Never one to shy away from diplomatic drama, the French recently passed a law making the denial of the 1915 Armenian genocide a crime. In response, the Turks countered by calling attention to French massacres in Algeria in the 1950s and 60s.
Let us state a fact: the Armenian genocide happened. There is no question about it, and in that respect, the French legislature is correct in labeling the denial of the genocide a crime (think of it as a libel law on a larger scale). After all, it is a crime in Germany to deny the Holocaust. Therefore, the French National Assembly is not acting without precedent.
Turkey's retaliation, calling attention to French crimes in Algeria, is equally truthful. Indeed, the French committed awful crimes in Algeria during the rebellion there, including mass murder.
Now what? We have two sides reminding each other of past atrocities-- and neither side is willing to take responsibility for its respective actions.
This is childish. Instead of comparing who has the bigger diplomatic stick, I offer an alternative: Admit past mistakes. Learn from them. Educate.
Imagine if Sarkozy and Erdogan came together for a press conference, alerting the press that they intended to address the recent diplomatic row. The two stand at their podiums, with their national flags draped behind them. Microphones are clipped to lapels. Notes are shuffled and arranged. Then, the unthinkable happens: both men admit that their respective countries have made terrible mistakes in the past; that they have done terrible things and affected the lives of countless people. They stand before the press, and state, definitively, that they are sorry for the past actions of their people.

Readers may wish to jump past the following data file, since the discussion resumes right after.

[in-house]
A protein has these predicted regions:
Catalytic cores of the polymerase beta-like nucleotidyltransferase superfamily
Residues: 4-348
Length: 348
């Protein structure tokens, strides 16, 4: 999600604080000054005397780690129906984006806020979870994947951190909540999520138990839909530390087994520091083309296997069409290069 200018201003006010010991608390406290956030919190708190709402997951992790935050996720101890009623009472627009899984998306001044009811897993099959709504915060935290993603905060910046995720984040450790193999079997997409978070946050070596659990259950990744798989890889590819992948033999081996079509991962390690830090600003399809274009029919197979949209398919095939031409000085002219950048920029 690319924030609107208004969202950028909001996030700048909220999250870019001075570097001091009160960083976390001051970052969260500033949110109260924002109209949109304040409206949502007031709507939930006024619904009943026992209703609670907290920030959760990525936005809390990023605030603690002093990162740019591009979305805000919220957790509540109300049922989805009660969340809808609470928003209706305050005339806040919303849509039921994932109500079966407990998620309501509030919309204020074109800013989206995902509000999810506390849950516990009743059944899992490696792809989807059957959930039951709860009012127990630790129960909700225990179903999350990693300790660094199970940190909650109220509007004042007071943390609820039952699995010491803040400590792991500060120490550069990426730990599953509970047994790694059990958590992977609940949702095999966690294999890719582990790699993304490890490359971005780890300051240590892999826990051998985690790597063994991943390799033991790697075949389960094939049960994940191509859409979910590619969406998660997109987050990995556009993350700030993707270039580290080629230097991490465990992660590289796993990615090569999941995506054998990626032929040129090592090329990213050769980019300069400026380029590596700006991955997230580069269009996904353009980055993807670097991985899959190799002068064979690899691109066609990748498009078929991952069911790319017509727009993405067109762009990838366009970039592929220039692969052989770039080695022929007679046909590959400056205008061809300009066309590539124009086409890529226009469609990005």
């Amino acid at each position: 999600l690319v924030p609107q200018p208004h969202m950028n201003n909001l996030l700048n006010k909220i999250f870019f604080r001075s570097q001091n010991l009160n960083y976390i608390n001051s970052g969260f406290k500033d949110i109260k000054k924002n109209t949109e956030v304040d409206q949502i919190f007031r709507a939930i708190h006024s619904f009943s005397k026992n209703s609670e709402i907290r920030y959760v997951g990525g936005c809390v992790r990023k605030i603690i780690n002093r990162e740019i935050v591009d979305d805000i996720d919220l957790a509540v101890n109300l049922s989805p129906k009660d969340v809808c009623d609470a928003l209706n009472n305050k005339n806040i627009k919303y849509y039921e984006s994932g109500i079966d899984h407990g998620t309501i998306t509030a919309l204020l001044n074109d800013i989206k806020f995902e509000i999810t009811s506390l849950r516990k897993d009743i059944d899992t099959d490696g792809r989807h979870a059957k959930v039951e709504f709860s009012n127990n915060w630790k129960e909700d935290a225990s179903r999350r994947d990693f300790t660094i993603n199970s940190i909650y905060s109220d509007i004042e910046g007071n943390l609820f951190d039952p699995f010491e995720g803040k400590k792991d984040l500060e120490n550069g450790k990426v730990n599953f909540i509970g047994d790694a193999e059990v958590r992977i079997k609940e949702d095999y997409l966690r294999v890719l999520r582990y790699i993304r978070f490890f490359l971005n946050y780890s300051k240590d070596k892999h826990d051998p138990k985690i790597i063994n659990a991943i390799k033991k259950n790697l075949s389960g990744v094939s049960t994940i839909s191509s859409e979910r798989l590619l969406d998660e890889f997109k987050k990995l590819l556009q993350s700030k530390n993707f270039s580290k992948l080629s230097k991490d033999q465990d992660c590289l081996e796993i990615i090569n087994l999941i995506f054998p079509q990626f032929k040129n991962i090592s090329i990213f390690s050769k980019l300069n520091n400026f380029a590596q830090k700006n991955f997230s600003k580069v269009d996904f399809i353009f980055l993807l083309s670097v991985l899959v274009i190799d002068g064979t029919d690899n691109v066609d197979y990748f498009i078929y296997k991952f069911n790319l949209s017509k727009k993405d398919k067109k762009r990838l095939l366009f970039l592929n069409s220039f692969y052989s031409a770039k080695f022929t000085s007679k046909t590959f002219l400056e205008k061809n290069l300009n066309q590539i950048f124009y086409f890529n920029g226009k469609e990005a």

After extensive consultations, they have decided that the best and most effective way of honoring the dead and remembering those past mistakes is not to continue slinging barbs at each other, but to educate future generations about what happened. By telling the truth, we hope to move forward. Therefore, with equal funding from both the Turkish and the French governments, a new International Center for the Prevention of Genocide and Crimes Against Humanity will open. This new organization will work towards educating their respective societies about these crimes, and identifying crimes against humanity in our own time. Through education and action, the Center hopes to prevent the mistakes of the past.
Alas, this is just a dream. They'll probably pull their diplomats out of each other's countries and, like feuding children, refuse to talk to each other. After some time passes, nobody remembers the feud and it becomes a footnote in history-- in much the same way that the Armenian genocide and the French conduct in Algeria is remembered by a few and forgotten by most. What a wasted opportunity.